East Lansing Mayor Aaron Stephens is resigning from the City Council in order to pursue a master’s degree in public policy at Harvard University’s John F. Kennedy School of Government.
His resignation will become effective Aug. 11, 2021. That means he will likely be present for just one more meeting of Council, on Aug. 10.
Stephens made the announcement tonight at City Council just after 8 p.m. It was clear that his resignation did not come as surprising news to other City Council members or the City Manager, but his decision had not become public until tonight.
Jessy Gregg, who has been serving as Mayor Pro Tem (substitute mayor), will upon Stephens’ exit automatically rise to become Mayor of East Lansing.
Gregg reminded Stephens, just after his announcement, that she had threatened him with bodily harm if he ever quit and left her as mayor, the way Ruth Beier did to Stephens when she resigned almost exactly a year ago. Gregg joked she would be meeting Stephens outside City Hall for fisticuffs, but then said more seriously that she was grateful for and proud of him. Other Council members and the City Manager also praised him.
Gregg and the other three remaining Council members will now need to elect a new Mayor Pro Tem and appoint a fifth person to the City Council.
This means that the Council of five will for a time have only two representatives – Gregg and Lisa Babcock – who were actually elected by the voters of East Lansing. That will change when voters decide in November’s election who will hold the three appointees’ seats.
Stephens became Mayor not through election to that office by his fellow Council members but because he was Mayor Pro Tem when then-Mayor Ruth Beier suddenly resigned almost exactly one year ago, on July 14, 2020. Beier resigned because Stephens, Babcock, and Gregg voted to fire City Attorney Tom Yeadon. Immediately following Beier’s resignation, Mark Meadows also resigned from Council.
As Stephens had been elected by the Council to serve as Mayor Pro Tem, with Beier’s resignation he automatically rose to the Mayor’s chair. The remaining three members – Stephens, Gregg, and Babcock – then elected Gregg to be Mayor Pro Tem, took applications to fill the vacancies, and appointed Dana Watson and Ron Bacon, who are now both running for election in November.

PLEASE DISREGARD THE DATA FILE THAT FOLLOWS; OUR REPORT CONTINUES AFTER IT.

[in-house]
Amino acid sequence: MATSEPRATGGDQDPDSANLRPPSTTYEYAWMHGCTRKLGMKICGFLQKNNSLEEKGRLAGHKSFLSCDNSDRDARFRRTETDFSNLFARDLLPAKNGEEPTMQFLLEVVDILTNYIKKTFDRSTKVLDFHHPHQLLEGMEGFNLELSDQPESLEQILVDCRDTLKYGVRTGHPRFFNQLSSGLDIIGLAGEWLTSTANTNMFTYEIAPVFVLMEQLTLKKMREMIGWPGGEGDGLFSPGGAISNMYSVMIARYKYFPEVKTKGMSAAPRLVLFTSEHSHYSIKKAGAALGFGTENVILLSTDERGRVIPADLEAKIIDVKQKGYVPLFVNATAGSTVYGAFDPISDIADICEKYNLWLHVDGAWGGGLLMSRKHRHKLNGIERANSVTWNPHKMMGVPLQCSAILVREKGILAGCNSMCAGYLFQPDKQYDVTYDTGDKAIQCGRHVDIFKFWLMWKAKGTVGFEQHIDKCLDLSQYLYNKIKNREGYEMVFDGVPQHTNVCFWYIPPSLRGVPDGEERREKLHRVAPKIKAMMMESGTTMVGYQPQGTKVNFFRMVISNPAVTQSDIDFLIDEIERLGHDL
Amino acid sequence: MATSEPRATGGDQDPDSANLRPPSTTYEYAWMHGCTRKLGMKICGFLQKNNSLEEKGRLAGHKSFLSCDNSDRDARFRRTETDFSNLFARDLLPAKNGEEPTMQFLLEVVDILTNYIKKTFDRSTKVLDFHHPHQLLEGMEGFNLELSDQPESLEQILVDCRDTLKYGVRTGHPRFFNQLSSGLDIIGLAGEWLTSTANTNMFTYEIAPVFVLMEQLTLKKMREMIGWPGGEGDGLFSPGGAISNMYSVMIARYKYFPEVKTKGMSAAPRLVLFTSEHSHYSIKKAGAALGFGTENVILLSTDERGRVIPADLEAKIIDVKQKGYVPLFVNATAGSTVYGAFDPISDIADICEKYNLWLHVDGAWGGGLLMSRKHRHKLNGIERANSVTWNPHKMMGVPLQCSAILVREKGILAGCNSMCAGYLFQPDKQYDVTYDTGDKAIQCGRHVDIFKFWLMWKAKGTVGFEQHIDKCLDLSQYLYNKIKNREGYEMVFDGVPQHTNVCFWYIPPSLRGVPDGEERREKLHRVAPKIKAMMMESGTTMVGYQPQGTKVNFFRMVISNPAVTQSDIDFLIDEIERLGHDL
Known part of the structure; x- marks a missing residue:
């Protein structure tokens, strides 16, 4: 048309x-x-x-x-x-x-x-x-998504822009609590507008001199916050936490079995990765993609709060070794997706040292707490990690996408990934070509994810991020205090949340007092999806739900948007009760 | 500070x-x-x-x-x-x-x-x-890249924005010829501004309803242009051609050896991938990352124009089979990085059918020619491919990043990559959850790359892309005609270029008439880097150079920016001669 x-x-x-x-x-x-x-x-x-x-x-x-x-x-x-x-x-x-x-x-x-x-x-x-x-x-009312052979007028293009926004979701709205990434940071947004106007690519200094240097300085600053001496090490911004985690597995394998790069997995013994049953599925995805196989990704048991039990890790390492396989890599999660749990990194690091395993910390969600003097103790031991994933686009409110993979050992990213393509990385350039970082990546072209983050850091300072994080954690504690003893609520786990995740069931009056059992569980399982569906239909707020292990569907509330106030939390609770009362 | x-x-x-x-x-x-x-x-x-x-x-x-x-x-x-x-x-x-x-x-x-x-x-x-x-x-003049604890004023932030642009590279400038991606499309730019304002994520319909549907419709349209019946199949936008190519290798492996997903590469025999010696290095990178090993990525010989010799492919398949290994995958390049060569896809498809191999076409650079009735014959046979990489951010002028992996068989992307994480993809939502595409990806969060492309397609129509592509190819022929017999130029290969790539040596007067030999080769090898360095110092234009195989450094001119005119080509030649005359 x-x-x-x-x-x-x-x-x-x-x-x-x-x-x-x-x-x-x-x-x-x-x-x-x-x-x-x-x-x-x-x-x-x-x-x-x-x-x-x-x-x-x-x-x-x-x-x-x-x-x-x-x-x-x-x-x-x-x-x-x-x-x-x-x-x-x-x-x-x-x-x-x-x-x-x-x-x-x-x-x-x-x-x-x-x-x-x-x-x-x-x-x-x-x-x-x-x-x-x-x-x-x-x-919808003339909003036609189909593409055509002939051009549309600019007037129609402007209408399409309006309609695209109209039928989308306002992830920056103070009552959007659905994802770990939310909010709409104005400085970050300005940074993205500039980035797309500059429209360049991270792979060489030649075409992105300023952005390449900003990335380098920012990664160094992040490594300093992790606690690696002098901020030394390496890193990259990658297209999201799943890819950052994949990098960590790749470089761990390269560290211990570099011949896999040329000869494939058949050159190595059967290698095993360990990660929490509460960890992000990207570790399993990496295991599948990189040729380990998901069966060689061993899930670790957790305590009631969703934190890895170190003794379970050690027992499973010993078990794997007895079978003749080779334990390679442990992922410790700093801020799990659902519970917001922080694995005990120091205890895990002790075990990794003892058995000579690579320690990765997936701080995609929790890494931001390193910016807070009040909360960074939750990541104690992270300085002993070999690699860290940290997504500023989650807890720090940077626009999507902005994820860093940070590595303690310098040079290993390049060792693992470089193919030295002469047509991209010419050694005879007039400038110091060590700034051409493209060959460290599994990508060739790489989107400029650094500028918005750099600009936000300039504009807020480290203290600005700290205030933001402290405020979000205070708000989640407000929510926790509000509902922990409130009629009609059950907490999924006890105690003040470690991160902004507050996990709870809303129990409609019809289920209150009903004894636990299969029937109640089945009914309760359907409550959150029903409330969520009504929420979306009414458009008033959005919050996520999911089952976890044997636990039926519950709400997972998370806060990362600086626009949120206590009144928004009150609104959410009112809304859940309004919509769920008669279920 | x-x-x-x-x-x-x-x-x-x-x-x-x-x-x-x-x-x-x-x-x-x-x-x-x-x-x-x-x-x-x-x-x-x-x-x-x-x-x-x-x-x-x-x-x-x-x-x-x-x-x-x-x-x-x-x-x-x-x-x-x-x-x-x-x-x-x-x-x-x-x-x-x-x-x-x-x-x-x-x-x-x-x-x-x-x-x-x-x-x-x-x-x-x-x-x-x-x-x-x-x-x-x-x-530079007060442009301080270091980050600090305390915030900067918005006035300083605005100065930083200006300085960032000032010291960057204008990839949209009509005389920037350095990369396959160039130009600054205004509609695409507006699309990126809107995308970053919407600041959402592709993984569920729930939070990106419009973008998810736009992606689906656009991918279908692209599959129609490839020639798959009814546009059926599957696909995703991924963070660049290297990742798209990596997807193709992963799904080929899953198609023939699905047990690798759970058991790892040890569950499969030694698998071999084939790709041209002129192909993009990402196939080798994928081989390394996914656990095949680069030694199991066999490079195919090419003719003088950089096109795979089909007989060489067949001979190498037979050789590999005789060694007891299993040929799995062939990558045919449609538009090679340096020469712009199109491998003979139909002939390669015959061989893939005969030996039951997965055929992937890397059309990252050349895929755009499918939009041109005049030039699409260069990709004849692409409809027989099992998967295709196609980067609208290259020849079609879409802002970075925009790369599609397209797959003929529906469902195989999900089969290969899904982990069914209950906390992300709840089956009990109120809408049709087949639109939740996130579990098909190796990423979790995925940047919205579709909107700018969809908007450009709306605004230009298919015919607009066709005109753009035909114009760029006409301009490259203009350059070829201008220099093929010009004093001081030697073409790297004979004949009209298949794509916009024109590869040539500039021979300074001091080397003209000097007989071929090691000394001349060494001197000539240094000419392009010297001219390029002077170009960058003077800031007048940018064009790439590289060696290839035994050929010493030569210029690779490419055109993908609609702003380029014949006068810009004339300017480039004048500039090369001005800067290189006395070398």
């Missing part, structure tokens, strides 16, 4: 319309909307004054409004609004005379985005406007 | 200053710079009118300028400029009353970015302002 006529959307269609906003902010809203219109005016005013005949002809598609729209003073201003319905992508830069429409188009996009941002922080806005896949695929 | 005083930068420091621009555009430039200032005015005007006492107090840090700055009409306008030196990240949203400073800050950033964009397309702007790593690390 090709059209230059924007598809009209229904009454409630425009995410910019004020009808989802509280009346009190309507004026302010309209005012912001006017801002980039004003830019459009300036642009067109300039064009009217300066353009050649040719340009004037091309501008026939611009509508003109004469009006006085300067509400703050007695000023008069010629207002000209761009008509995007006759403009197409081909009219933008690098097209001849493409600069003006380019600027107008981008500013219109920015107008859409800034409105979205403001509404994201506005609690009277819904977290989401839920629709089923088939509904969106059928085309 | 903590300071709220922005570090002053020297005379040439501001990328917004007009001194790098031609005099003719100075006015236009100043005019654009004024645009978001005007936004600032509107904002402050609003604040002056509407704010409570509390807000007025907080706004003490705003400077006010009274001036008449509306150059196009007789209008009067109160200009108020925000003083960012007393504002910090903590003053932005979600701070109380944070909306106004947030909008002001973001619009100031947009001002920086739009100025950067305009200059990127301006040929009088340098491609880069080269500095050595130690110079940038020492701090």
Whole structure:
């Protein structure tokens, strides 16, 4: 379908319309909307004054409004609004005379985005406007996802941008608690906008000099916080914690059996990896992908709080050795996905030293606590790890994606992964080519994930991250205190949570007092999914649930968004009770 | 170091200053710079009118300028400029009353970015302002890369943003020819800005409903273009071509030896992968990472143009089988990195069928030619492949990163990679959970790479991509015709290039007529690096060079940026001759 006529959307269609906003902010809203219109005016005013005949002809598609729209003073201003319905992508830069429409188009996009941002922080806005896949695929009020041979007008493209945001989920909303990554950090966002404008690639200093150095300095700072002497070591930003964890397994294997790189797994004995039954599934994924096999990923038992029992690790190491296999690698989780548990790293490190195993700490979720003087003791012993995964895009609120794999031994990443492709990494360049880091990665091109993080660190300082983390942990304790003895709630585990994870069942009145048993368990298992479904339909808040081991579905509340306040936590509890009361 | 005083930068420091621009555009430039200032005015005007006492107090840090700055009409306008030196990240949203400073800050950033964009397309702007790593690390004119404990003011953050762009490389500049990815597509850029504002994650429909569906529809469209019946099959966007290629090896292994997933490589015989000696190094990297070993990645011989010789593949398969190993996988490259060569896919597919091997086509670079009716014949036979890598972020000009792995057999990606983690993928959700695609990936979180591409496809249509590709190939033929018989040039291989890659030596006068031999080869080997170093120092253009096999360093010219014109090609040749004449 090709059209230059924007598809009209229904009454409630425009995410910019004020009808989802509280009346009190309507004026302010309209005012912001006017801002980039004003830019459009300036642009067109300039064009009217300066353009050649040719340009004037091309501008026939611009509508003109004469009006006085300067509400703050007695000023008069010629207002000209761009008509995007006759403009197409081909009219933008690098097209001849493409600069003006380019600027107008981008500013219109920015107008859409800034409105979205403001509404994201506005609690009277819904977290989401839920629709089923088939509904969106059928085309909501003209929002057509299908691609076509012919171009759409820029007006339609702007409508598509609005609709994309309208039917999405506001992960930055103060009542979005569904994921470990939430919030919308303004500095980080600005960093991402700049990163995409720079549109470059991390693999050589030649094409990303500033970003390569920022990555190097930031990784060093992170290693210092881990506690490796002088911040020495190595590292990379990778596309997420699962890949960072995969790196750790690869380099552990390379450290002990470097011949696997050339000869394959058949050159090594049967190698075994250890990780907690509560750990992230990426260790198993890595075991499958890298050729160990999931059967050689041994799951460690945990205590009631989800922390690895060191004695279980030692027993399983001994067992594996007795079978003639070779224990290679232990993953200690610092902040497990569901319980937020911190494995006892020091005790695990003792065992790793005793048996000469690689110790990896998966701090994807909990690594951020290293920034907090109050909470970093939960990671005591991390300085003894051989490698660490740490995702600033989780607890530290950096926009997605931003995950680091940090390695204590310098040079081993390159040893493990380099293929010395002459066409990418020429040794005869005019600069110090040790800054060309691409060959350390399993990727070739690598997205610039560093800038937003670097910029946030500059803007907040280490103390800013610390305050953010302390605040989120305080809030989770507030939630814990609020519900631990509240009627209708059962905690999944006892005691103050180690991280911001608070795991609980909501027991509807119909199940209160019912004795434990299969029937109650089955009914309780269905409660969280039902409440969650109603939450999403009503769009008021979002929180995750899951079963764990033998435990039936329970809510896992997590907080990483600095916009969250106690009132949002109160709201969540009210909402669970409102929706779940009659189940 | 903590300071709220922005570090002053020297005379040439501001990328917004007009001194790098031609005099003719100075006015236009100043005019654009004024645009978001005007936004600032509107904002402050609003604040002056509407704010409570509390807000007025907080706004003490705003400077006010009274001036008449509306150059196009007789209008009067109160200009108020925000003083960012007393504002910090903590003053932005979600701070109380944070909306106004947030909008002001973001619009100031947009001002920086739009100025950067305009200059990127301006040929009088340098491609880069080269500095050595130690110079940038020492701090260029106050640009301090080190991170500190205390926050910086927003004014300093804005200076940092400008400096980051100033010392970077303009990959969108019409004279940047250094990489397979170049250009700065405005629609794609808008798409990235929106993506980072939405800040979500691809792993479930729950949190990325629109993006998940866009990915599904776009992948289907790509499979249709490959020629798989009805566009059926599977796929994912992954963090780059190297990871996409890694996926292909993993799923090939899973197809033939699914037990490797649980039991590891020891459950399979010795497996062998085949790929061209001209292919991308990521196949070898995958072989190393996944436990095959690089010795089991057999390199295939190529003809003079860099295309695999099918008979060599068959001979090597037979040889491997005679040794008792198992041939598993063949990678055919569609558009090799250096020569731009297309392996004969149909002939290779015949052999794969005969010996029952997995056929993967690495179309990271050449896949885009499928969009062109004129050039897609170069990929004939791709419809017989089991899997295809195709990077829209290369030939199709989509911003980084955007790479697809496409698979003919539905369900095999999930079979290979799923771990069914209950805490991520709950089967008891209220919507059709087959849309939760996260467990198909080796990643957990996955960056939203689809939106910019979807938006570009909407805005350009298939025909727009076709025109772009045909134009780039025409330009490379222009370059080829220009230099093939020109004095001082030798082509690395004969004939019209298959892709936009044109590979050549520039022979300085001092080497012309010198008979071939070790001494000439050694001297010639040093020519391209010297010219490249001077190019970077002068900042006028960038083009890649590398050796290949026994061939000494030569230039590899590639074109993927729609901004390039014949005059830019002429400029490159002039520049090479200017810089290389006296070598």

Now, a process of appointment will happen again.
According to the City Charter, the Council must be fill a vacancy with an appointment within thirty days after the vacancy occurs. The Charter calls on the remaining Council members to appoint “a person who possess the qualifications required of Council members.”
City Council will have to decide how to handle the appointment. At tonight’s meeting, Gregg pressed for sending out a call for applications as soon as possible, similar to what Council chose to do last year.
City Attorney Laura Genovich, responding to a question from Gregg, said the Council could start on the process of appointment right now, so long as they complete the appointment by thirty days after Aug. 11. She said nothing in the Charter prevents them from starting immediately.
Stephens urged Council to choose someone who is not running for City Council and who has substantial government experience, given that they will serve for only a short time.